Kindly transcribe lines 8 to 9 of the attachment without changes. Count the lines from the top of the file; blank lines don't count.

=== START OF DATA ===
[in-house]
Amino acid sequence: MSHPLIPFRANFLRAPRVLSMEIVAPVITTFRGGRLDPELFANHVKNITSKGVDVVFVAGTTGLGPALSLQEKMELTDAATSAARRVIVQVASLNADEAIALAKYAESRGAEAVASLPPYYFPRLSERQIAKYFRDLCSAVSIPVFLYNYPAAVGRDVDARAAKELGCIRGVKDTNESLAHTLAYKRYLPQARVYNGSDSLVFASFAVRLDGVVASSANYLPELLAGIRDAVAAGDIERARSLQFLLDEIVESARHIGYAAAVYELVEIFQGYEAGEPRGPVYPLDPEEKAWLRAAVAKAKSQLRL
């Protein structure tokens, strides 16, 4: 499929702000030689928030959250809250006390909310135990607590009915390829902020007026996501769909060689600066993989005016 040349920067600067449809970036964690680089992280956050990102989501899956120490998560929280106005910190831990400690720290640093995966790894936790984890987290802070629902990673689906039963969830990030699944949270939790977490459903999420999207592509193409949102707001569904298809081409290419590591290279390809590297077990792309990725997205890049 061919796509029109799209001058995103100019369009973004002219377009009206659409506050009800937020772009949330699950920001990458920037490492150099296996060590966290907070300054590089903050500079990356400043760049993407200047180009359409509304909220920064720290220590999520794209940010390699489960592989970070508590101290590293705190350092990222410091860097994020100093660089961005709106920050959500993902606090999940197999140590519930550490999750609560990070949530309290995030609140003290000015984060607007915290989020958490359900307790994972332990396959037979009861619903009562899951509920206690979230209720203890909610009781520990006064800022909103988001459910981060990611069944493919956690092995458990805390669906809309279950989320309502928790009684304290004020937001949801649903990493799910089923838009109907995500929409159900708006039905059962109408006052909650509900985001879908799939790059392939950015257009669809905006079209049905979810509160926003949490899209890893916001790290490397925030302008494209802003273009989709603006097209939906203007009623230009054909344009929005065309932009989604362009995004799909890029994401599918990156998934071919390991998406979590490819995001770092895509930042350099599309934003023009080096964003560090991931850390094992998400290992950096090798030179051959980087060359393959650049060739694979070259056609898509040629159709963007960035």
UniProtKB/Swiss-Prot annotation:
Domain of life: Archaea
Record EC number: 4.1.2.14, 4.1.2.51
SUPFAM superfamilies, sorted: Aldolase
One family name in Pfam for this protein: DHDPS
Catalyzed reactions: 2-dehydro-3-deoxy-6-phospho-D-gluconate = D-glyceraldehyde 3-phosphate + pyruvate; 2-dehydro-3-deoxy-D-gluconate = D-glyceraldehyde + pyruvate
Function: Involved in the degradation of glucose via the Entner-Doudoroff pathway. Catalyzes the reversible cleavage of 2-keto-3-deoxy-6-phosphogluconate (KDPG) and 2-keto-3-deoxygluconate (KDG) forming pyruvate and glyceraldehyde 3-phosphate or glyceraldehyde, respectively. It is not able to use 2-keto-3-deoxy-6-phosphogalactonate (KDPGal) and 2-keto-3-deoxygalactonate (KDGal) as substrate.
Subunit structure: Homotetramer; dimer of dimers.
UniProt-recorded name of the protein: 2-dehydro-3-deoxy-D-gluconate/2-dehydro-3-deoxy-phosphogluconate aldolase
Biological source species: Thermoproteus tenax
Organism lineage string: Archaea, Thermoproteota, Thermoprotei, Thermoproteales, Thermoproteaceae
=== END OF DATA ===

One family name in Pfam for this protein: DHDPS
Catalyzed reactions: 2-dehydro-3-deoxy-6-phospho-D-gluconate = D-glyceraldehyde 3-phosphate + pyruvate; 2-dehydro-3-deoxy-D-gluconate = D-glyceraldehyde + pyruvate